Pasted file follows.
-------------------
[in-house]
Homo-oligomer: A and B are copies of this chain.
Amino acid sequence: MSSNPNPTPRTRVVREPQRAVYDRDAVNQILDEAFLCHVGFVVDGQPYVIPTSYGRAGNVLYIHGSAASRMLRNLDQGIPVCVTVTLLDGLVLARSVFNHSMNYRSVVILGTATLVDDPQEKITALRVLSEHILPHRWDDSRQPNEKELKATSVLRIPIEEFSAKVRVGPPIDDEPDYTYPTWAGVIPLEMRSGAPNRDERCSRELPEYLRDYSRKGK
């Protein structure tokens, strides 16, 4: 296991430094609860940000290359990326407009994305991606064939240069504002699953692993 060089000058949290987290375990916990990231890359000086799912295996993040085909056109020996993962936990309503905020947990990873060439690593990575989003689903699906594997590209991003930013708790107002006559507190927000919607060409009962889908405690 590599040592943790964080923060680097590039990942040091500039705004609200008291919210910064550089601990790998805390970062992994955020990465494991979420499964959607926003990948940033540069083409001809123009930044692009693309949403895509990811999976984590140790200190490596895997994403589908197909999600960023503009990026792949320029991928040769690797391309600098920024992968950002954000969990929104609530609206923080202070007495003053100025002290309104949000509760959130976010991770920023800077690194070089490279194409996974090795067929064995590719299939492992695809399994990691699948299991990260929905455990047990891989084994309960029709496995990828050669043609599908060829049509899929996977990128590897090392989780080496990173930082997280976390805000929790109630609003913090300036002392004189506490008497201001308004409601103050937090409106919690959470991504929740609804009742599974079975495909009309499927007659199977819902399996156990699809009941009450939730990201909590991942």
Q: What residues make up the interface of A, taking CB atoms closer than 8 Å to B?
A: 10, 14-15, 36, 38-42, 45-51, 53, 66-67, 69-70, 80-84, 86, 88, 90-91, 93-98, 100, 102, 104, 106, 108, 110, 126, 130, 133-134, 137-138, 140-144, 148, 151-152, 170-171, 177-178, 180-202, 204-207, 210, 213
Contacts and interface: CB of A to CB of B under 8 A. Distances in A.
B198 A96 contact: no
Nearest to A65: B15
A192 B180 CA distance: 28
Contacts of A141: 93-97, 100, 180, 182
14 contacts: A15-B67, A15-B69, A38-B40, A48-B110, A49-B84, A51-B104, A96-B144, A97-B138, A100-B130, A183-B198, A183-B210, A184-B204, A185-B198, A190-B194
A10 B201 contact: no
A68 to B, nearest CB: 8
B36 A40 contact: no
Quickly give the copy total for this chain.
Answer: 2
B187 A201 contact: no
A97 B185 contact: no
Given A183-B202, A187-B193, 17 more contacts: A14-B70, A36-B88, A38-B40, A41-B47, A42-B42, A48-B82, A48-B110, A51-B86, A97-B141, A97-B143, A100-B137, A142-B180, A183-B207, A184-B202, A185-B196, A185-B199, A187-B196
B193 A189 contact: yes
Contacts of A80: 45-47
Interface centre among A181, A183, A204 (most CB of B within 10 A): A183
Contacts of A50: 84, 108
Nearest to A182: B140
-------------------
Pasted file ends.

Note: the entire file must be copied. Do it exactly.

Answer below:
[in-house]
Homo-oligomer: A and B are copies of this chain.
Amino acid sequence: MSSNPNPTPRTRVVREPQRAVYDRDAVNQILDEAFLCHVGFVVDGQPYVIPTSYGRAGNVLYIHGSAASRMLRNLDQGIPVCVTVTLLDGLVLARSVFNHSMNYRSVVILGTATLVDDPQEKITALRVLSEHILPHRWDDSRQPNEKELKATSVLRIPIEEFSAKVRVGPPIDDEPDYTYPTWAGVIPLEMRSGAPNRDERCSRELPEYLRDYSRKGK
């Protein structure tokens, strides 16, 4: 296991430094609860940000290359990326407009994305991606064939240069504002699953692993 060089000058949290987290375990916990990231890359000086799912295996993040085909056109020996993962936990309503905020947990990873060439690593990575989003689903699906594997590209991003930013708790107002006559507190927000919607060409009962889908405690 590599040592943790964080923060680097590039990942040091500039705004609200008291919210910064550089601990790998805390970062992994955020990465494991979420499964959607926003990948940033540069083409001809123009930044692009693309949403895509990811999976984590140790200190490596895997994403589908197909999600960023503009990026792949320029991928040769690797391309600098920024992968950002954000969990929104609530609206923080202070007495003053100025002290309104949000509760959130976010991770920023800077690194070089490279194409996974090795067929064995590719299939492992695809399994990691699948299991990260929905455990047990891989084994309960029709496995990828050669043609599908060829049509899929996977990128590897090392989780080496990173930082997280976390805000929790109630609003913090300036002392004189506490008497201001308004409601103050937090409106919690959470991504929740609804009742599974079975495909009309499927007659199977819902399996156990699809009941009450939730990201909590991942």
Q: What residues make up the interface of A, taking CB atoms closer than 8 Å to B?
A: 10, 14-15, 36, 38-42, 45-51, 53, 66-67, 69-70, 80-84, 86, 88, 90-91, 93-98, 100, 102, 104, 106, 108, 110, 126, 130, 133-134, 137-138, 140-144, 148, 151-152, 170-171, 177-178, 180-202, 204-207, 210, 213
Contacts and interface: CB of A to CB of B under 8 A. Distances in A.
B198 A96 contact: no
Nearest to A65: B15
A192 B180 CA distance: 28
Contacts of A141: 93-97, 100, 180, 182
14 contacts: A15-B67, A15-B69, A38-B40, A48-B110, A49-B84, A51-B104, A96-B144, A97-B138, A100-B130, A183-B198, A183-B210, A184-B204, A185-B198, A190-B194
A10 B201 contact: no
A68 to B, nearest CB: 8
B36 A40 contact: no
Quickly give the copy total for this chain.
Answer: 2
B187 A201 contact: no
A97 B185 contact: no
Given A183-B202, A187-B193, 17 more contacts: A14-B70, A36-B88, A38-B40, A41-B47, A42-B42, A48-B82, A48-B110, A51-B86, A97-B141, A97-B143, A100-B137, A142-B180, A183-B207, A184-B202, A185-B196, A185-B199, A187-B196
B193 A189 contact: yes
Contacts of A80: 45-47
Interface centre among A181, A183, A204 (most CB of B within 10 A): A183
Contacts of A50: 84, 108
Nearest to A182: B140